About Project Play: Harlem


It all started when...

Dr. Vivek Murthy, then-Surgeon General of the United States, challenged leaders at the 2015 Project Play Summit to grow access to sport for youth across the nationand take the Project Play framework for action into communities as a tool to rally stakeholders.

East Harlem is the second model community initiative organized by the Aspen Institute's Sports & Society program, after Project Play: Baltimore. It is an effort in partnership with local leaders and is supported by the Mount Sinai Health System, Harris Family Charitable Foundation, Laurie M. Tisch Illumination Fund.

The focus of the effort will encompass the three-square mile span from 96th to 142nd street, with 5th Avenue to the West and the Harlem River to the East. To drive the effort, the partners and the Aspen Institute will:

  • Help stakeholders understand the State of Play for youth in the community through a custom report
  • Convene local leaders and youth to identify, develop, and sustain opportunities to grow access to sport
  • Recruit regional and national organizations to partner with local groups
  • Bring awareness of local innovations and successes in the community through public outreach
  • Share learnings that inspire other communities to mobilize leaders around growing access to sport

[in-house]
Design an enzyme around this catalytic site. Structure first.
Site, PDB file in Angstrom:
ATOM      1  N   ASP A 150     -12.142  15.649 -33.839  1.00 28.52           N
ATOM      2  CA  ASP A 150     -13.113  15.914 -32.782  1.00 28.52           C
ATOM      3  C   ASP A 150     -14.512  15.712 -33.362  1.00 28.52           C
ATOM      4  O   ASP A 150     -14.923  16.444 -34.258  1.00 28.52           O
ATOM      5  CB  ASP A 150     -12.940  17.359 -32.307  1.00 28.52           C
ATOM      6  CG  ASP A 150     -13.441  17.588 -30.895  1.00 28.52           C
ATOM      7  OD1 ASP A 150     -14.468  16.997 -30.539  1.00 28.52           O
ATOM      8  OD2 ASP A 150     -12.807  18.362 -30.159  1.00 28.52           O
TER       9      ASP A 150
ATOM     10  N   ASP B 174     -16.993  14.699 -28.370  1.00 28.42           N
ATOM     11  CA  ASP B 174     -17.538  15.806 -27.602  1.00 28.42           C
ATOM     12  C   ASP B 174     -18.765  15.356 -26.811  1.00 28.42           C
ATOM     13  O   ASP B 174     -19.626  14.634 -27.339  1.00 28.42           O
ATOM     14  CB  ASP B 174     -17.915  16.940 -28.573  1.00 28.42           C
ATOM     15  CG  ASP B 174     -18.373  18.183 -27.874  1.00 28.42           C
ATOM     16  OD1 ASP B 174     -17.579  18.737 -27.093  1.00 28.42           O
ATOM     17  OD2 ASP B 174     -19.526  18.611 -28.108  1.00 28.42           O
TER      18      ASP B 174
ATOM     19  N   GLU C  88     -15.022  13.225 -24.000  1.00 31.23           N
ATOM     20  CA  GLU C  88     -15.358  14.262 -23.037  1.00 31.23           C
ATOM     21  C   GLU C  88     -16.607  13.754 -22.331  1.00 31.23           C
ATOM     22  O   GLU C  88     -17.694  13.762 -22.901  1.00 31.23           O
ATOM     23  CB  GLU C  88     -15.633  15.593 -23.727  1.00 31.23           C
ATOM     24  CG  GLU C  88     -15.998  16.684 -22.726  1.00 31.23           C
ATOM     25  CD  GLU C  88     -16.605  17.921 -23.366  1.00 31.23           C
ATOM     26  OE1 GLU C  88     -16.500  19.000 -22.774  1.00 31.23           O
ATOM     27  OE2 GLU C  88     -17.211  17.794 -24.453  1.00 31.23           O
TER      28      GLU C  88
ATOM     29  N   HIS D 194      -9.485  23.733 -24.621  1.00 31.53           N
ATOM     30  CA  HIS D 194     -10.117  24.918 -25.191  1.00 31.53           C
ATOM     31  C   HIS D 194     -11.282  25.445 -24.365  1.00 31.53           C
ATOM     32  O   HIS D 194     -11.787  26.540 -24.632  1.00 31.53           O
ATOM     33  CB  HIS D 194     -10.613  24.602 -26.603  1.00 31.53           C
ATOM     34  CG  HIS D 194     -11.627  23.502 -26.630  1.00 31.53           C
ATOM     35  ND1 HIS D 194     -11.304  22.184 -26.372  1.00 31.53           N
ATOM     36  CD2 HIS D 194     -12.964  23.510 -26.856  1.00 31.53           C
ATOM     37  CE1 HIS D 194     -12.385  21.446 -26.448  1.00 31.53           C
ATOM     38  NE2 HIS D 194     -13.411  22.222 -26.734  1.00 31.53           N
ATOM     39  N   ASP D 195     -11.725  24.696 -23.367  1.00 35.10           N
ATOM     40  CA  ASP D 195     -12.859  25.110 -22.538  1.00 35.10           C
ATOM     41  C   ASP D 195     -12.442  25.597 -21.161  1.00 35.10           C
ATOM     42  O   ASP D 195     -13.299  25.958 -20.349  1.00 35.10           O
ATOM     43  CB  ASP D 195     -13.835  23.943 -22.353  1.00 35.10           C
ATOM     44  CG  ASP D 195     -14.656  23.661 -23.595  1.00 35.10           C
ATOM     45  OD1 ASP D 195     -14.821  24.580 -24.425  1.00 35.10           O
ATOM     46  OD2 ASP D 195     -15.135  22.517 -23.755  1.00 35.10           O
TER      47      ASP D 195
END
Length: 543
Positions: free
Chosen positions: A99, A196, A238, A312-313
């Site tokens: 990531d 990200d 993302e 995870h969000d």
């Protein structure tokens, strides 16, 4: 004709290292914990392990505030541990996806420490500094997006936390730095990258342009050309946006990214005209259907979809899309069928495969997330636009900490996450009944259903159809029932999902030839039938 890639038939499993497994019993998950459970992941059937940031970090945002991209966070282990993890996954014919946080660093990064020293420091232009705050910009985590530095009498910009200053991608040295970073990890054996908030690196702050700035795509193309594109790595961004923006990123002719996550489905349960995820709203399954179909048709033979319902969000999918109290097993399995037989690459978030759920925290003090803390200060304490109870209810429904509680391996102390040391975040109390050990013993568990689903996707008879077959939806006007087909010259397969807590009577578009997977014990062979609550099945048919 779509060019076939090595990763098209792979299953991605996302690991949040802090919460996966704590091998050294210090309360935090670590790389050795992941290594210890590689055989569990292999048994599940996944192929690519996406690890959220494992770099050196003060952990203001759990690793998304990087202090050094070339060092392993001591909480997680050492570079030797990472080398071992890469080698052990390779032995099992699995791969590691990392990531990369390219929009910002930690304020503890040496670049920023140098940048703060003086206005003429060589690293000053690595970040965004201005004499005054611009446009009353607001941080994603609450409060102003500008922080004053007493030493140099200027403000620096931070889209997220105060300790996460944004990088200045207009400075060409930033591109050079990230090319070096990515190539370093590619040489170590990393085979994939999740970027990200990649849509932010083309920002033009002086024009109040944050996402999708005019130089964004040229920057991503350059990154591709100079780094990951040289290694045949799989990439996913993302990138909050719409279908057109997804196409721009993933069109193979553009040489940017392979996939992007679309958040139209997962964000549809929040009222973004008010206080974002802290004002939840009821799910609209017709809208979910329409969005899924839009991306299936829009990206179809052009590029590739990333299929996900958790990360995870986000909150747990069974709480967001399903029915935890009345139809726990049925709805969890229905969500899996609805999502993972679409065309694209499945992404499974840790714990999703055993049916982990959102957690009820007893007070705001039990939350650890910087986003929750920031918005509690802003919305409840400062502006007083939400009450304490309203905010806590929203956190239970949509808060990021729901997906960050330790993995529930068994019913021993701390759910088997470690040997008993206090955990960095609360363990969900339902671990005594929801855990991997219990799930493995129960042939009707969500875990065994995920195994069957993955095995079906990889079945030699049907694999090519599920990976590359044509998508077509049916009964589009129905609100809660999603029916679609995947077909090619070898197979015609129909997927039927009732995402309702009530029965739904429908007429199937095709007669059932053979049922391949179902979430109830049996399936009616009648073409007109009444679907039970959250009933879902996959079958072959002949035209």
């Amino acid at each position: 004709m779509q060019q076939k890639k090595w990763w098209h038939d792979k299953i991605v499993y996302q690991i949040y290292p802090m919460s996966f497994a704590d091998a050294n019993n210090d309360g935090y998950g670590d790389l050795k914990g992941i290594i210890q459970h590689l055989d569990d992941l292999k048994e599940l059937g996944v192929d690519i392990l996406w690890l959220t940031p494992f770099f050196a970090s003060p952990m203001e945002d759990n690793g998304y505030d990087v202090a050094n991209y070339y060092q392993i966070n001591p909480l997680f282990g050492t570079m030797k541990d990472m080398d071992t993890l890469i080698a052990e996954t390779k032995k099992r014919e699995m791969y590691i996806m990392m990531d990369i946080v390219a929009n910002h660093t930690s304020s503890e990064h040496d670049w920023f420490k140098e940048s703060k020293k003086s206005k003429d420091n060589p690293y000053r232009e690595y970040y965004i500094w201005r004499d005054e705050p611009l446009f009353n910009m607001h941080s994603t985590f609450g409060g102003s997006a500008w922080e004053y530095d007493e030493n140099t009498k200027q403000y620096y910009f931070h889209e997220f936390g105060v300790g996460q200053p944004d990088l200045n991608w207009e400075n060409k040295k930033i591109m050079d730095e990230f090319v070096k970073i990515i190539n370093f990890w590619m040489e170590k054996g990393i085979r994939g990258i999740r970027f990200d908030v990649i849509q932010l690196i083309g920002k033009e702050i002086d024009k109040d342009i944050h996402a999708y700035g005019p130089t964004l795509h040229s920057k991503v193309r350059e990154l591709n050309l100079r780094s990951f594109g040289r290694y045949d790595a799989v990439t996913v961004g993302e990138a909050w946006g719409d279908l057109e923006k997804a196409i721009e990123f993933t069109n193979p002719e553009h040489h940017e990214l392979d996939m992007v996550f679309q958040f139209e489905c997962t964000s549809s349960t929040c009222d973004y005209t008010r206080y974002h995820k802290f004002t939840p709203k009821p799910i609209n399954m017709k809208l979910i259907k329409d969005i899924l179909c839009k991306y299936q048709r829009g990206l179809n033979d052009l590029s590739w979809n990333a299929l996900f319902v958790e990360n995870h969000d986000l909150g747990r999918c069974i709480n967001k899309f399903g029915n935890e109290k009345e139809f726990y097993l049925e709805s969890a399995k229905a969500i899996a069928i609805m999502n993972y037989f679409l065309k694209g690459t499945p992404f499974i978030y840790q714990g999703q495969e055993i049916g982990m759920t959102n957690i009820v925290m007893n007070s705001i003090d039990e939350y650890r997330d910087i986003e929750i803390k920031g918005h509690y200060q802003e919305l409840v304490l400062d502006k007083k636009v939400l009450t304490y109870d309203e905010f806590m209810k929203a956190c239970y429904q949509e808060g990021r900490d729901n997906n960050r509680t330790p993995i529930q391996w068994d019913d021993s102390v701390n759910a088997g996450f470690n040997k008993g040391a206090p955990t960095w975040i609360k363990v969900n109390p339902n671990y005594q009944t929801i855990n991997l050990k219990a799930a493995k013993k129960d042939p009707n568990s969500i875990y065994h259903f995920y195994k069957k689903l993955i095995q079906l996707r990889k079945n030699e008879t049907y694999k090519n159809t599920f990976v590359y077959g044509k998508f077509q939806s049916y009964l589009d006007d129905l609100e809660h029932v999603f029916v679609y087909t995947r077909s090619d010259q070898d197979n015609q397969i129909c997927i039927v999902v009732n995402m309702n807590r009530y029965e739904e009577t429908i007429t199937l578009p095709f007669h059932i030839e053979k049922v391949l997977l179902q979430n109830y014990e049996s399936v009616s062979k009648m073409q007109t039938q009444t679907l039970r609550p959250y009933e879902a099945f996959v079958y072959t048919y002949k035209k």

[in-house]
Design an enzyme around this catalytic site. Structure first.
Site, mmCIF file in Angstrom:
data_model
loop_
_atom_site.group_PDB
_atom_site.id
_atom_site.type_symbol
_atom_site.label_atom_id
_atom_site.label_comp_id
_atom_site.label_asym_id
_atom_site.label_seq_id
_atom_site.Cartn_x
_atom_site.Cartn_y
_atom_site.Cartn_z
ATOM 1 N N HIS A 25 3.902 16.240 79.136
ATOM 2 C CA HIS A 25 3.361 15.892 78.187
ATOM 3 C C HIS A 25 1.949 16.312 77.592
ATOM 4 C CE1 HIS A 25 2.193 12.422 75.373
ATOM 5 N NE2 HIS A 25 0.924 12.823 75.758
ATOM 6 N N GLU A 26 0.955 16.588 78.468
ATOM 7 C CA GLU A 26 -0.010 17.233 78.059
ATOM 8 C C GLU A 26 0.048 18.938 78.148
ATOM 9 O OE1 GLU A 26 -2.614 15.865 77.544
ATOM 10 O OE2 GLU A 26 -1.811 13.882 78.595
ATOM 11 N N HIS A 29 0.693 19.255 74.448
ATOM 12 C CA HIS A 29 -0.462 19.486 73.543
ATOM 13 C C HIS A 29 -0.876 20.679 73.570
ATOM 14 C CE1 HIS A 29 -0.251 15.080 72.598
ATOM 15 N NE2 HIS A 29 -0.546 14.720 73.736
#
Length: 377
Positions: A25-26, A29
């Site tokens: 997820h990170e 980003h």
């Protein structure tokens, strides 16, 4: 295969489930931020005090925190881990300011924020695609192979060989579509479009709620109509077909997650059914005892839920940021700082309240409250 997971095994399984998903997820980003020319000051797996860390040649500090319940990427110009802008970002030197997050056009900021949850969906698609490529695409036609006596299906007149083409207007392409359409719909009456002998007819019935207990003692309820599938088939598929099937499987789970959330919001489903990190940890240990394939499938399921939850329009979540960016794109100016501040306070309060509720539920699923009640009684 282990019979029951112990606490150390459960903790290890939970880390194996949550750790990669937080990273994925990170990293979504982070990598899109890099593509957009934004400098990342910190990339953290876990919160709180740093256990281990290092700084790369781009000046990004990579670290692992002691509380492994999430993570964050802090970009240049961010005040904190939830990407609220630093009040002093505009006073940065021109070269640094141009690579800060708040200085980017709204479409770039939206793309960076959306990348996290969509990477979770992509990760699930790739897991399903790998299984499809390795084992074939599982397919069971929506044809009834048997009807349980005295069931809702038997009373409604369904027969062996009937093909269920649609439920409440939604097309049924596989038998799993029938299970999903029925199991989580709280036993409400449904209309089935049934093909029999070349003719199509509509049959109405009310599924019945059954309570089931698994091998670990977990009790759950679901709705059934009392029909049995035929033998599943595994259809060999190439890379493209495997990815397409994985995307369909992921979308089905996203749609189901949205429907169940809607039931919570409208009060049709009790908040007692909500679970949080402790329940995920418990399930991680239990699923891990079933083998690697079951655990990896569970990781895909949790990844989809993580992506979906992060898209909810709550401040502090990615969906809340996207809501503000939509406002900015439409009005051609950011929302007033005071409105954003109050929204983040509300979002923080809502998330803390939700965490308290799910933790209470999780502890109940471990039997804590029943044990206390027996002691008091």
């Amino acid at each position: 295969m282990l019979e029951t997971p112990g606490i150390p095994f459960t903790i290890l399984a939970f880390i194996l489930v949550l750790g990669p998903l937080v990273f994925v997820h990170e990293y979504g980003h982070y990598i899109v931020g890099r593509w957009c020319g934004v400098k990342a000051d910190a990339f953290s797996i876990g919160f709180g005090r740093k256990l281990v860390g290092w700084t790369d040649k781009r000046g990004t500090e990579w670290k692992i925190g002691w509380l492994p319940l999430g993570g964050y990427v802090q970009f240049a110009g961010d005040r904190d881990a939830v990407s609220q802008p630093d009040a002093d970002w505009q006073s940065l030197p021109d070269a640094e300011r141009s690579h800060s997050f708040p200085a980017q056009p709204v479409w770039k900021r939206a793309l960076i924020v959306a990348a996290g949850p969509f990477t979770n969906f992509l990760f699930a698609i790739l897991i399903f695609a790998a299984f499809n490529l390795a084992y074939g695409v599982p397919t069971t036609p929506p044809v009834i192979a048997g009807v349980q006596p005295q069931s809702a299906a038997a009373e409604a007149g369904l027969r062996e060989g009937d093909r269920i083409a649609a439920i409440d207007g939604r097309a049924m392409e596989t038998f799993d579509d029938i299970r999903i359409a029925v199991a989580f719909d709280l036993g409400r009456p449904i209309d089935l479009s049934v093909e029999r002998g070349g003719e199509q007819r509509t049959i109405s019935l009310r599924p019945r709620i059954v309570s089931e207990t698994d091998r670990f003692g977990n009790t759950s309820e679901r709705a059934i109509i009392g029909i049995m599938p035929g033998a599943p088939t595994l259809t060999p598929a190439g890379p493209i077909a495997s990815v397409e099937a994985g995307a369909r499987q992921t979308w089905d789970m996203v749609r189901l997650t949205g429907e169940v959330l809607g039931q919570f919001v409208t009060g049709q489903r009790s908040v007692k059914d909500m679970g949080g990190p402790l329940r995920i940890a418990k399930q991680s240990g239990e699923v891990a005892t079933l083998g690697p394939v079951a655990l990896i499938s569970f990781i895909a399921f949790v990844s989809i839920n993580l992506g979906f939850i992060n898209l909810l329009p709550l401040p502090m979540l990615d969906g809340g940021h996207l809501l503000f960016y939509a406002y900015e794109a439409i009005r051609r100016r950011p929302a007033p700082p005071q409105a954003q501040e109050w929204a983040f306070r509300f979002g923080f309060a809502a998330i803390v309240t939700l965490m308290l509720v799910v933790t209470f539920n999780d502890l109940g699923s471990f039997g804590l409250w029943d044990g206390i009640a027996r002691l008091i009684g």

Our Mission

Project Play: Harlem is a multi-year initiative designed to help stakeholders increase access to and participation in quality sport opportunities available to local youth. Based on the simple idea that no single organization can do this alone, The Aspen Institute, with the support of Harris Family Charitable Foundation, Laurie M. Tisch Illumination Fund and Mount Sinai Health System will mobilize civic, youth and sport groups around growing quality youth sport options in East Harlem, our specific area of focus. Only through teamwork can leaders and caregivers provide every child an opportunity to play. 

Our Framework

Project Play: Harlem is guided by the eight strategies for the eight sectors that touch the lives of children, as identified in the Aspen Institute report, Sport for All, Play for Life: A Playbook to Get Every Kid in the Game. Since 2015, more than 100 organizations around the country from professional leagues to grassroots providers have used the report to introduce or shape youth programs.


Our Challenge

East Harlem is a historic community, rooted in a culture of strong collaboration and action, ranging from innovation in youth development through sports and family engagement to confronting public health barriers associated with dense, urban areas. Now, we aim to empower local stakeholders to write the area’s next vibrant chapter, through a unique initiative that will create new opportunities for youth, growing access to and participation in sport.


youth pop. ages 0-17


children in elementary and middle school are obese

40 acres

active open space and facilities, including Randall's and Wards Islands

Our Focus

This effort will span three miles from 96th to 142nd Street, and from 5th Avenue to the East and Harlem River. Project Play: Harlem will work to understand and evaluate the current state of play in East Harlem through an environmental analysis of school and recreation efforts while convening an advisory group of community leaders to guide strategy on building healthy kids and communities through sport.

To learn more, check out our national Project Play initiative, our framework and stay updated on the progress of our first model community initiative in Baltimore.